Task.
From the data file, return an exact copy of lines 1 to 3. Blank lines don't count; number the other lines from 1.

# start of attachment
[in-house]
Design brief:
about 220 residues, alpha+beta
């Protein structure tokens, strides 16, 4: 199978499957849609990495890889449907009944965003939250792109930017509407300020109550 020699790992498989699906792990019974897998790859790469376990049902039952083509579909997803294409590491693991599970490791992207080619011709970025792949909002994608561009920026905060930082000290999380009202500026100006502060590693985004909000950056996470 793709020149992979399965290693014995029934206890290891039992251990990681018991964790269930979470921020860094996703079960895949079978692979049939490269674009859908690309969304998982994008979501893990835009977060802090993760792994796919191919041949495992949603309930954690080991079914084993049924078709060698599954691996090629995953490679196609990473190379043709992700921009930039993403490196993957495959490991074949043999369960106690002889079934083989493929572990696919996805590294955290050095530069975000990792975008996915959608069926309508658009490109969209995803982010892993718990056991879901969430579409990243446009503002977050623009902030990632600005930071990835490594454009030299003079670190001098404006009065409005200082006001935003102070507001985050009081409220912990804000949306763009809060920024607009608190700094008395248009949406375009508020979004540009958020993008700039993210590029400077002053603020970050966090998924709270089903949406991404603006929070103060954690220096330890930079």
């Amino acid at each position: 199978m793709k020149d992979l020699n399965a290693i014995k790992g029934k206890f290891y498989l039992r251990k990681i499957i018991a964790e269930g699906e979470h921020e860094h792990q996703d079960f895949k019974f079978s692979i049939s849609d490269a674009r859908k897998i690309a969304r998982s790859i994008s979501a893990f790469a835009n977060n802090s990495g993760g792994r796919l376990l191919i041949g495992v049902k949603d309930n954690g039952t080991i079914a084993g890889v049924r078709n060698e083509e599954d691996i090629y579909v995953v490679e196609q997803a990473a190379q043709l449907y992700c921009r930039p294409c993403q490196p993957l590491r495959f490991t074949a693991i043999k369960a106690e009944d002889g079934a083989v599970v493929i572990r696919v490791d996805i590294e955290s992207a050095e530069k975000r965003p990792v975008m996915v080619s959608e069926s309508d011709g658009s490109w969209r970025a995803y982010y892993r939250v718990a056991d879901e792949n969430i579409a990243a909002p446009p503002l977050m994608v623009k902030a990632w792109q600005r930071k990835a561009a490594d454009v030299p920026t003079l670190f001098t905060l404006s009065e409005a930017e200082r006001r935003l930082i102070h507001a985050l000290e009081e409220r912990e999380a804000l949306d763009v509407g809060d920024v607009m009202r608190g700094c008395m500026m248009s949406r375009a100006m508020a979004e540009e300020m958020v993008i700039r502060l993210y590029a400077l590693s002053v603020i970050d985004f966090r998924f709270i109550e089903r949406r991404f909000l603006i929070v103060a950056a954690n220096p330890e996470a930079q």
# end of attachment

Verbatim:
[in-house]
Design brief:
about 220 residues, alpha+beta